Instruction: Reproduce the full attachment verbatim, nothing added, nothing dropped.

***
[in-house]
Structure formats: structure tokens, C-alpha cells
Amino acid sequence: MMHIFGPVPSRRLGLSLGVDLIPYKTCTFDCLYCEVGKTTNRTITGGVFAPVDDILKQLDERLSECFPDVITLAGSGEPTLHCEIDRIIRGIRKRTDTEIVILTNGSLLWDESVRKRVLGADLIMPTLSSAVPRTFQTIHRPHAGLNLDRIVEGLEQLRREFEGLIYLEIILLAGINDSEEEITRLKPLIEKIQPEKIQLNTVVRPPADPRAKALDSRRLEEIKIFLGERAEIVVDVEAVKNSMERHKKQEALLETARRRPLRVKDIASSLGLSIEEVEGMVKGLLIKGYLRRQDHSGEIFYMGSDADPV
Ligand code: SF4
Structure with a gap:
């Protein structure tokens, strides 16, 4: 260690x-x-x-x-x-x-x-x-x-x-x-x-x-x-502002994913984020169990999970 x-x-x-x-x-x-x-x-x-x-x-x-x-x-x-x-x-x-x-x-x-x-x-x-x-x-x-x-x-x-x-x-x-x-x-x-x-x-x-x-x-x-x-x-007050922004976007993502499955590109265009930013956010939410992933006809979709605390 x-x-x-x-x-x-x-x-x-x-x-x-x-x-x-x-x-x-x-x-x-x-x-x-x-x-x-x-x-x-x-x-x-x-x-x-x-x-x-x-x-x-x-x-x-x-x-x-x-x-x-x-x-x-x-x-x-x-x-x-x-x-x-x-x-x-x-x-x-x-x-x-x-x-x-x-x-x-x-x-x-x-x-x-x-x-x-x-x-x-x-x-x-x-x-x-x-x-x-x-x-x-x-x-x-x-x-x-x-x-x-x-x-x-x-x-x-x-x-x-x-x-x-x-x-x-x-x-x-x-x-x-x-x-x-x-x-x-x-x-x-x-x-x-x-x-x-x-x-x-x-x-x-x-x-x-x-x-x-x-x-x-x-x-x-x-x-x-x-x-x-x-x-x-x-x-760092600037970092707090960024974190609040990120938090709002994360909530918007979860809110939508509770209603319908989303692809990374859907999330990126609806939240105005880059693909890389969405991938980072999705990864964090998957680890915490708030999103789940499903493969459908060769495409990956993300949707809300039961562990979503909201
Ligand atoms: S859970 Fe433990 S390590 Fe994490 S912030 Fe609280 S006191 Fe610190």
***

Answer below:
[in-house]
Structure formats: structure tokens, C-alpha cells
Amino acid sequence: MMHIFGPVPSRRLGLSLGVDLIPYKTCTFDCLYCEVGKTTNRTITGGVFAPVDDILKQLDERLSECFPDVITLAGSGEPTLHCEIDRIIRGIRKRTDTEIVILTNGSLLWDESVRKRVLGADLIMPTLSSAVPRTFQTIHRPHAGLNLDRIVEGLEQLRREFEGLIYLEIILLAGINDSEEEITRLKPLIEKIQPEKIQLNTVVRPPADPRAKALDSRRLEEIKIFLGERAEIVVDVEAVKNSMERHKKQEALLETARRRPLRVKDIASSLGLSIEEVEGMVKGLLIKGYLRRQDHSGEIFYMGSDADPV
Ligand code: SF4
Structure with a gap:
């Protein structure tokens, strides 16, 4: 260690x-x-x-x-x-x-x-x-x-x-x-x-x-x-502002994913984020169990999970 x-x-x-x-x-x-x-x-x-x-x-x-x-x-x-x-x-x-x-x-x-x-x-x-x-x-x-x-x-x-x-x-x-x-x-x-x-x-x-x-x-x-x-x-007050922004976007993502499955590109265009930013956010939410992933006809979709605390 x-x-x-x-x-x-x-x-x-x-x-x-x-x-x-x-x-x-x-x-x-x-x-x-x-x-x-x-x-x-x-x-x-x-x-x-x-x-x-x-x-x-x-x-x-x-x-x-x-x-x-x-x-x-x-x-x-x-x-x-x-x-x-x-x-x-x-x-x-x-x-x-x-x-x-x-x-x-x-x-x-x-x-x-x-x-x-x-x-x-x-x-x-x-x-x-x-x-x-x-x-x-x-x-x-x-x-x-x-x-x-x-x-x-x-x-x-x-x-x-x-x-x-x-x-x-x-x-x-x-x-x-x-x-x-x-x-x-x-x-x-x-x-x-x-x-x-x-x-x-x-x-x-x-x-x-x-x-x-x-x-x-x-x-x-x-x-x-x-x-x-x-x-x-x-x-760092600037970092707090960024974190609040990120938090709002994360909530918007979860809110939508509770209603319908989303692809990374859907999330990126609806939240105005880059693909890389969405991938980072999705990864964090998957680890915490708030999103789940499903493969459908060769495409990956993300949707809300039961562990979503909201
Ligand atoms: S859970 Fe433990 S390590 Fe994490 S912030 Fe609280 S006191 Fe610190």